2002.06.10 - Darwin Saint Julien and Allan Deshommes freed
Two Haitian journalists were freed on 8 June, the same day justice minister
officials told Haitian Journalists’ Association (AJH) president Guy Delva
that their release had been ordered. The AJH has called for the police who
reportedly beat up the journalists to be punished and for compensation to
be paid because the reporters were not given medical treatment. They had
been imprisoned since 27 May for "security reasons".
2002.05.31 - Two journalists imprisoned
Reporters Without Borders expressed its concern today at the illegal detention of two Haitian journalists who have been jailed since 27 May with serious injuries and without being charged. "The reasons for their arrest and current situation must be urgently clarified," said Reporters Without Borders secretary-general Robert Ménard in a letter to Haitian justice minister Jean-Baptiste Brown. He called for them to be freed at once or else immediately brought before a judge if they were going to be charged with an offence. He also urged that they be given necessary medical treatment.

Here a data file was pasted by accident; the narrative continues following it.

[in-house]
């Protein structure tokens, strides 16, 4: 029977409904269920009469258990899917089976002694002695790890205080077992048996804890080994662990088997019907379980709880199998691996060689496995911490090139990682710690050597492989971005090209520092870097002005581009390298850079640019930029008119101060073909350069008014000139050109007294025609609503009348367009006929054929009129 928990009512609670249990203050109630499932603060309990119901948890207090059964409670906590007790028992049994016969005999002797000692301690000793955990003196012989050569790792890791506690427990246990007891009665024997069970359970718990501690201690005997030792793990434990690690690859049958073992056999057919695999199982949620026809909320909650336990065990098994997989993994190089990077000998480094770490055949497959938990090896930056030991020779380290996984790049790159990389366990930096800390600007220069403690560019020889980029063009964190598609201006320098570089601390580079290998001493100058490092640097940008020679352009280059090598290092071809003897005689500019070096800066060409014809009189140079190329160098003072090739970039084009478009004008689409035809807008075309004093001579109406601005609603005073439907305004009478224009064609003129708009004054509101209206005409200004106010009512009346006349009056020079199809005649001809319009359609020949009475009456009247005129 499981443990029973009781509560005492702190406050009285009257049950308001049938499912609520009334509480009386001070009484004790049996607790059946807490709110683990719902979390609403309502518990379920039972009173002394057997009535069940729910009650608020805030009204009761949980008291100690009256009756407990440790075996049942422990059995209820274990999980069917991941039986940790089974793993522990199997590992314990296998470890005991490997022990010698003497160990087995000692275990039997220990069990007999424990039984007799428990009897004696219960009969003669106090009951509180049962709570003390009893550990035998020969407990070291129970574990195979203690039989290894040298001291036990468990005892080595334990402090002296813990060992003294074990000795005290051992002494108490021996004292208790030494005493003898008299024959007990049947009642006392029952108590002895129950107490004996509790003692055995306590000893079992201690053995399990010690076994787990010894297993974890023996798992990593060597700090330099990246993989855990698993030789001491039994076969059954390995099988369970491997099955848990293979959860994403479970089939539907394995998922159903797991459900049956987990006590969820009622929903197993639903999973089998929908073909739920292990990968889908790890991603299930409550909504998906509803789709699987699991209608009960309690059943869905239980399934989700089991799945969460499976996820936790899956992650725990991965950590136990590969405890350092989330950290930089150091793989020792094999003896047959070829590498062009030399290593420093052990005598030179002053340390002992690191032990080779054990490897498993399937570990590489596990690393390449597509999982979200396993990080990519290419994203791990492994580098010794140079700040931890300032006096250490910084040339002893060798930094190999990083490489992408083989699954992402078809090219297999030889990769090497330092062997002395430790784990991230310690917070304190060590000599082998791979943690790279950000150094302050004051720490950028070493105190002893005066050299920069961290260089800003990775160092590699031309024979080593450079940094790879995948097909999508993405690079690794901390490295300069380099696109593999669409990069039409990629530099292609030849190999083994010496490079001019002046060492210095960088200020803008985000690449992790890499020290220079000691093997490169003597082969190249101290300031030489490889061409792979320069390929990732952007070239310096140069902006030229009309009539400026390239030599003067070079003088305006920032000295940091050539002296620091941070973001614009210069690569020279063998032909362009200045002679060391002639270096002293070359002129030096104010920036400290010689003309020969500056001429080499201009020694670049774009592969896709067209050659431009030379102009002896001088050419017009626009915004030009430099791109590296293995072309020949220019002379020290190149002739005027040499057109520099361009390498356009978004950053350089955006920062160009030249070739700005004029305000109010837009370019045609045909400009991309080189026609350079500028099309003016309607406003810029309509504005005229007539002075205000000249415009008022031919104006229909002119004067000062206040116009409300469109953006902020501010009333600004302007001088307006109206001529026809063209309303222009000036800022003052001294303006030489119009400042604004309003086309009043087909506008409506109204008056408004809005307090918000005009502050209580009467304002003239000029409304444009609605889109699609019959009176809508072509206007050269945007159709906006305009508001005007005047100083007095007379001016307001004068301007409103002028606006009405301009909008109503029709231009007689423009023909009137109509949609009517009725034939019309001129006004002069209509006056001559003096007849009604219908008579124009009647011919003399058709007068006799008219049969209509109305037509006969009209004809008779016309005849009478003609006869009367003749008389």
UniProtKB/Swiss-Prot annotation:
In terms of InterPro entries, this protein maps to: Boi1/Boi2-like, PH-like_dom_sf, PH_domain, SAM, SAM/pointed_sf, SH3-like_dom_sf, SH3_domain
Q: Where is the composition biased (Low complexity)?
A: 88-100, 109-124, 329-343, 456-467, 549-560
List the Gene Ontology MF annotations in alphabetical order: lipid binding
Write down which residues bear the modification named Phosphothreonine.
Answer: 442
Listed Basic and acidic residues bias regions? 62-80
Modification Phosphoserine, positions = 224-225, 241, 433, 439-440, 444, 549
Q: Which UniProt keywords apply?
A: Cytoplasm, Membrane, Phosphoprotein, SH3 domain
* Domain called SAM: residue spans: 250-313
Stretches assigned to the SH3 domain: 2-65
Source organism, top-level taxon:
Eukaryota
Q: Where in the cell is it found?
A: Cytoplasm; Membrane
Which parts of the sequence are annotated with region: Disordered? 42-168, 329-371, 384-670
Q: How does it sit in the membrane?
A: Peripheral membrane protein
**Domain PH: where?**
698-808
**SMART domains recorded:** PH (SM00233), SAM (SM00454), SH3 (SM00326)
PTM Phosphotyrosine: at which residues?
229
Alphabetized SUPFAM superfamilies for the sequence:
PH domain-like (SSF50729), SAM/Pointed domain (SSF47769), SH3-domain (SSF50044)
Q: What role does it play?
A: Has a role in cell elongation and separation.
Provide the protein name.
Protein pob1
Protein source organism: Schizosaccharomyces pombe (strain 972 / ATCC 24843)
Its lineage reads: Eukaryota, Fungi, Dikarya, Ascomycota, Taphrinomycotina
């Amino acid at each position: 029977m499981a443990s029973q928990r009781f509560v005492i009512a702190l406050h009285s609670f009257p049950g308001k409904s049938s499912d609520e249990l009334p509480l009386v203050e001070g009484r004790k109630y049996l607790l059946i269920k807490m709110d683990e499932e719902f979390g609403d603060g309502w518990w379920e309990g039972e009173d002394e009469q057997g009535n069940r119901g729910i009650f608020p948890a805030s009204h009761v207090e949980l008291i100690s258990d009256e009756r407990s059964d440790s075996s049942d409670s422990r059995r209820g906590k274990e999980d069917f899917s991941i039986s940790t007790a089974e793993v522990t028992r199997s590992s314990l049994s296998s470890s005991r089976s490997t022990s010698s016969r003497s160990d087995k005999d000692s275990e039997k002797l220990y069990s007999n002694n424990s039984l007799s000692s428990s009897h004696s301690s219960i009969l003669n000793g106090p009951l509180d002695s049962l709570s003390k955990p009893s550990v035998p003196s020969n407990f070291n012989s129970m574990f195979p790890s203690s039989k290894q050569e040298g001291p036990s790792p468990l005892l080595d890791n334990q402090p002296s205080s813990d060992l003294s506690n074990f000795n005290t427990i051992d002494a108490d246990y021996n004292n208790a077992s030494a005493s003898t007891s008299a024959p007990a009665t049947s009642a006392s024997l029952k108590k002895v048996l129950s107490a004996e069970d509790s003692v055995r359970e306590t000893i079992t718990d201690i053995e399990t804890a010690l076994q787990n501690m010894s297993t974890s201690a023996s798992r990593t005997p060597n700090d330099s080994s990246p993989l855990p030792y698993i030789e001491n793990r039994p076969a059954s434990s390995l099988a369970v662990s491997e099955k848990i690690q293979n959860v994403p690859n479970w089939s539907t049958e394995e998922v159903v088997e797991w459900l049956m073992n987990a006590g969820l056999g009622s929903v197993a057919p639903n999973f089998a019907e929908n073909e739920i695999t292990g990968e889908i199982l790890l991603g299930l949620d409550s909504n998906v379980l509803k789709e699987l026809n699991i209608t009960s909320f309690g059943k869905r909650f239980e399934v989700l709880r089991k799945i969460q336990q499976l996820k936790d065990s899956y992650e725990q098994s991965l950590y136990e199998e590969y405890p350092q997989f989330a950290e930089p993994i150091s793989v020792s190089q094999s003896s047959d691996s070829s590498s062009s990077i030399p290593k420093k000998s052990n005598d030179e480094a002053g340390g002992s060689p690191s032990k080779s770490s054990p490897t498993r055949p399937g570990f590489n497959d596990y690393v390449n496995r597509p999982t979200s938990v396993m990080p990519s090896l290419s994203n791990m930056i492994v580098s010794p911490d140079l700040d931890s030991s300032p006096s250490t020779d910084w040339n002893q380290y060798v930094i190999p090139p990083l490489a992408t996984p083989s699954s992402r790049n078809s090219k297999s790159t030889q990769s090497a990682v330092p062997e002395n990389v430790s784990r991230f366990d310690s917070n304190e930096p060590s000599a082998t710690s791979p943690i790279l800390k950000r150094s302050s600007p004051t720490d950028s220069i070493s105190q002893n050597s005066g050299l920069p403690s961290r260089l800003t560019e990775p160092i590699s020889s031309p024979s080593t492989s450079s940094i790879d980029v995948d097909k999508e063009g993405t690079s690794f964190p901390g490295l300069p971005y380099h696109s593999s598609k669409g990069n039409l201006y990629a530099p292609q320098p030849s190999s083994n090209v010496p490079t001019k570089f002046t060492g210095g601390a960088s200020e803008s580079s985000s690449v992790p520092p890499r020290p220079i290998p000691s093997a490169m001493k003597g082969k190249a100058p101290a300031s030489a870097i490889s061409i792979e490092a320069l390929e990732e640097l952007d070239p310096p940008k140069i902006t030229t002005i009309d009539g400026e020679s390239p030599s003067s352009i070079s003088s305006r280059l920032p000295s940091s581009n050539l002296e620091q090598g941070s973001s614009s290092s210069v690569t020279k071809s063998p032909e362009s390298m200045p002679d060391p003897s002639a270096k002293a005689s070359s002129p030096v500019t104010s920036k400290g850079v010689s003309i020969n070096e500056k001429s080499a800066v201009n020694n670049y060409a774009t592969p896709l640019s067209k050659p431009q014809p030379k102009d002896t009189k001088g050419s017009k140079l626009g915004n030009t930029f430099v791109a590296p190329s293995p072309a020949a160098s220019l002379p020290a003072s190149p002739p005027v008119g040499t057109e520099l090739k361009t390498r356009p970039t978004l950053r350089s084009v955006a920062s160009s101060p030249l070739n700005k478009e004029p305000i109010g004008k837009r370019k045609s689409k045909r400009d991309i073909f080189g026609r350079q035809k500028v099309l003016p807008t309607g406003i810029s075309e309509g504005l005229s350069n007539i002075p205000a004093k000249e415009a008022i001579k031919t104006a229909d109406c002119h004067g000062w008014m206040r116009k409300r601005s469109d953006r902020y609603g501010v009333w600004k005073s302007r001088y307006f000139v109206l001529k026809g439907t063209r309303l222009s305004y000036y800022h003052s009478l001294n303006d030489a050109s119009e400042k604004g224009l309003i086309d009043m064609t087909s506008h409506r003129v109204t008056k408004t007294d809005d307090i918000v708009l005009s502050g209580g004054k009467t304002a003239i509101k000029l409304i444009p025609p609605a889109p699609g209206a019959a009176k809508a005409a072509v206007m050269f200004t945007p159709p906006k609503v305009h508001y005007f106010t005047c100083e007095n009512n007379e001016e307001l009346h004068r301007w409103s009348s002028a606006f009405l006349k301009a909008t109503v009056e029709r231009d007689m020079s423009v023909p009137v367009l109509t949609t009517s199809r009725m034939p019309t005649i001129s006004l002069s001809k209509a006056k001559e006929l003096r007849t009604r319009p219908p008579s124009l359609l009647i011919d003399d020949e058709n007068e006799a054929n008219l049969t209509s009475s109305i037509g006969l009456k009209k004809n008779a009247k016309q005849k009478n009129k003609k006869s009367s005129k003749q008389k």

The two reporters, Darwin Saint Julien, of the weekly paper Haïti Progrès, and Allan Deshommes, of Radio Atlantik, were seriously injured and then arrested by police on 27 May while covering a demonstration organised by the Batay Ouvriyè (Workers’ Struggle) group in the northern town of Saint Raphael. Armed men, apparently sent by a big local landowner, and local officials attacked the protesters, killing two people, while seven others, including the journalists, were arrested. The reporters were told they were being arrested "for their own protection." Despite their serious injuries, they were imprisoned and on 29 May, all seven were taken by helicopter to the capital, Port-au-Prince, and placed in the National Penitentiary. Neither the journalists nor the five other people have been charged with anything and are therefore being held illegally, beyond the two-day period in which charges have to be made. The National Penitentiary, notorious for ill-treatment of prisoners, is only meant for those who have been tried. The mayor of Saint Raphael, Adonija Sévère, claimed the demonstrators and the journalists were "terrorists."